Wednesday, September 8, 2010

Dated Gardens

Do garden styles come in and out of fashion? Are there plants that are so “yesterday” no self-respecting gardener would use them in her/his garden? If so, what are they?! (Say it ain't so, Stella.) These are the questions that have been plaguing me since I had a conversation with a guide at one of the State Fair gardens. He told me one of the gardens would be overhauled during the off-season because it was “dated.”

I’ve been really intrigued by his comment because I can spot a dated kitchen a mile away. (Harvest Gold, anyone?!) And, even I, not a fashionista by any stretch of the imagination, wouldn’t be caught dead in a polyester dress shirt anymore. But, I can’t for the life of me figure out what makes a garden “dated.”

I have noticed that gardens/plantings at businesses at industrial settings have a similar look (a couple of spirea, some day lilies, and a hydrangea or two) but the home gardens I see on a regular basis don’t seem “dated” to me. They seem to reflect the interests and passions of the homeowner/gardener. Each one is unique. Even on my block, where we share plants, which could create a bland look, each garden looks different. I think that’s because the personality of the gardener comes through.

I still don’t have an answer to what makes a garden “dated.” If you have any ideas, please post a comment and help me out!

4 comments:

gardenwalkgardentalk.com said...

I think if a landscape has manufactured modular paving systems, this is easily recognized by a date produced. My garden has pavers and I have been thinking of replacing them with natural stone like I install at client's properties. Cost is the issue as you would guess just to look more 'current and natural'.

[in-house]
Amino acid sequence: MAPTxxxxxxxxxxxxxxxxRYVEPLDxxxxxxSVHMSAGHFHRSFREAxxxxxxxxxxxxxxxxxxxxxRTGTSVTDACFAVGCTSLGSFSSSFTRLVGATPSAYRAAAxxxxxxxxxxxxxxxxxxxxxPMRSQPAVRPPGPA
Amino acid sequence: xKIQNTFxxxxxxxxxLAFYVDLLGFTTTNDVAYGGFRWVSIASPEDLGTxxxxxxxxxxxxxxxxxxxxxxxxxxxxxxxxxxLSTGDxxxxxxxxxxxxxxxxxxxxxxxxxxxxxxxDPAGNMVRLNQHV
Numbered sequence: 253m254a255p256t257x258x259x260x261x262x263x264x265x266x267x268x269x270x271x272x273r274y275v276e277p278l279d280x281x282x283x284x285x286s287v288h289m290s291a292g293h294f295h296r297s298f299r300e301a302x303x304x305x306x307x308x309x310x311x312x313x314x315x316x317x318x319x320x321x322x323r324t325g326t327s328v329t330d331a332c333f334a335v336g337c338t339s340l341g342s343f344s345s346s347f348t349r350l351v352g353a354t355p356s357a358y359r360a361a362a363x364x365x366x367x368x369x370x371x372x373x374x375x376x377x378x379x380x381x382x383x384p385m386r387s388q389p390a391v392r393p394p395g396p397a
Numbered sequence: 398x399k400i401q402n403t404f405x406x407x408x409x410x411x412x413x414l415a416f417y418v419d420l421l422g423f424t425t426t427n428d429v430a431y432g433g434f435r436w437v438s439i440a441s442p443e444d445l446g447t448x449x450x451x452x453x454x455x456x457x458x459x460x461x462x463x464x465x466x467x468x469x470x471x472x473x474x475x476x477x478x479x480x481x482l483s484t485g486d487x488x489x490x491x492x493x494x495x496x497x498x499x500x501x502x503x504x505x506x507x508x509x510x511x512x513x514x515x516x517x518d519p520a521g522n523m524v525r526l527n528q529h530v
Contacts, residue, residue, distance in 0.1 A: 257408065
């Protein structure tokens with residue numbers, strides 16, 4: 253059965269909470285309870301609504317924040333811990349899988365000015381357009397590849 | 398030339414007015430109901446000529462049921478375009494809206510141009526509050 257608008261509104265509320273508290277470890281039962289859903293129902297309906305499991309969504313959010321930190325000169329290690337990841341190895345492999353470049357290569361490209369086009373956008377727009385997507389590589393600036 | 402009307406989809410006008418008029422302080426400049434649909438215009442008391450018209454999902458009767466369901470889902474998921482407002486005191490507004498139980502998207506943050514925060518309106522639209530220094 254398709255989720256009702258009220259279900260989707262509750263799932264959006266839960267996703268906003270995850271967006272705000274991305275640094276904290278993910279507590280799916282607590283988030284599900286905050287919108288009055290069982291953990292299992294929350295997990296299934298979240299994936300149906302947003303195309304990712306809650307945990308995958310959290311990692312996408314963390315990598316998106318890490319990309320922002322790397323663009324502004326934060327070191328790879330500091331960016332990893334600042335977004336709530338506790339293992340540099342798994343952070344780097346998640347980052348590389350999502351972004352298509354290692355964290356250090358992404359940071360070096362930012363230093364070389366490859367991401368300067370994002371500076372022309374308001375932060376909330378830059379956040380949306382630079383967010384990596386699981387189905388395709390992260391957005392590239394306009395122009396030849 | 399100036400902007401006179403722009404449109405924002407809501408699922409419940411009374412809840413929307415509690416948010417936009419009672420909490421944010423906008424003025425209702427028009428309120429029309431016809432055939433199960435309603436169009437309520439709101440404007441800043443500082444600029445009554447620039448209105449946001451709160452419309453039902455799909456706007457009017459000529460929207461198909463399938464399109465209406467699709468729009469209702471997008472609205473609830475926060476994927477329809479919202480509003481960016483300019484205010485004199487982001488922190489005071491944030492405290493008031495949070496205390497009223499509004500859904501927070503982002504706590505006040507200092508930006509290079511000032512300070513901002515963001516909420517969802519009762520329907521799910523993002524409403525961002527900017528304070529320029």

As for the plants, styles change from formal to informal, structured to unstructured, native to hybrids and vise versa. It is what the magazines are showing that is the tell. Look in older periodicals and you can slightly see trends that go in and out of fashion. Even though the same plants are being used, it is HOW they are being used that makes them appear from another time. I look in older gardening periodicals and wonder how some gardens ever got photographed.

Your post made me think, and that is a good post in my book.

Donell said...

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Auntie K said...

gardenwalktardentalk: Thanks so much for your thoughtful response. It really does help me think about "how" the materials are used as well as what materials you choose. When you mentioned the modular paving systems, my mind went immediately to the railroad tie terraced gardens so popular decades ago.

My work has been crazy this week, and I haven't had a lot of time to look at back issues of my gardening magazines/books, but I shall do it Sunday morning. (Tomorrow, I'll be getting ready for our neighborhood Plant Swap.)

So glad to be connected! Thanks again, for your wisdom.

Anna said...

Gardening is like fashion and the descriptions used in writing about it are similar. What's in, what's new, trending now, exotic, what looks expensive etc. Japanese maples are like Jimmy Choos. Fashionista floristas like to have the "it" plant. Epimediums for example, or anything Japanese - minimalist design, modern feel. What's out are garden rooms. Not restful enough. Urban found garden art/furniture is a talking point. Similar to the mix n match outfits of youth culture. Remember when all the black plants were the rage? Sambucas etc. Formal rose beds at the HRBG (Hamilton Botanical) were said to be dated by a blogger. Made me think. How so? I mean, shouldn't rose beds be rectangular?

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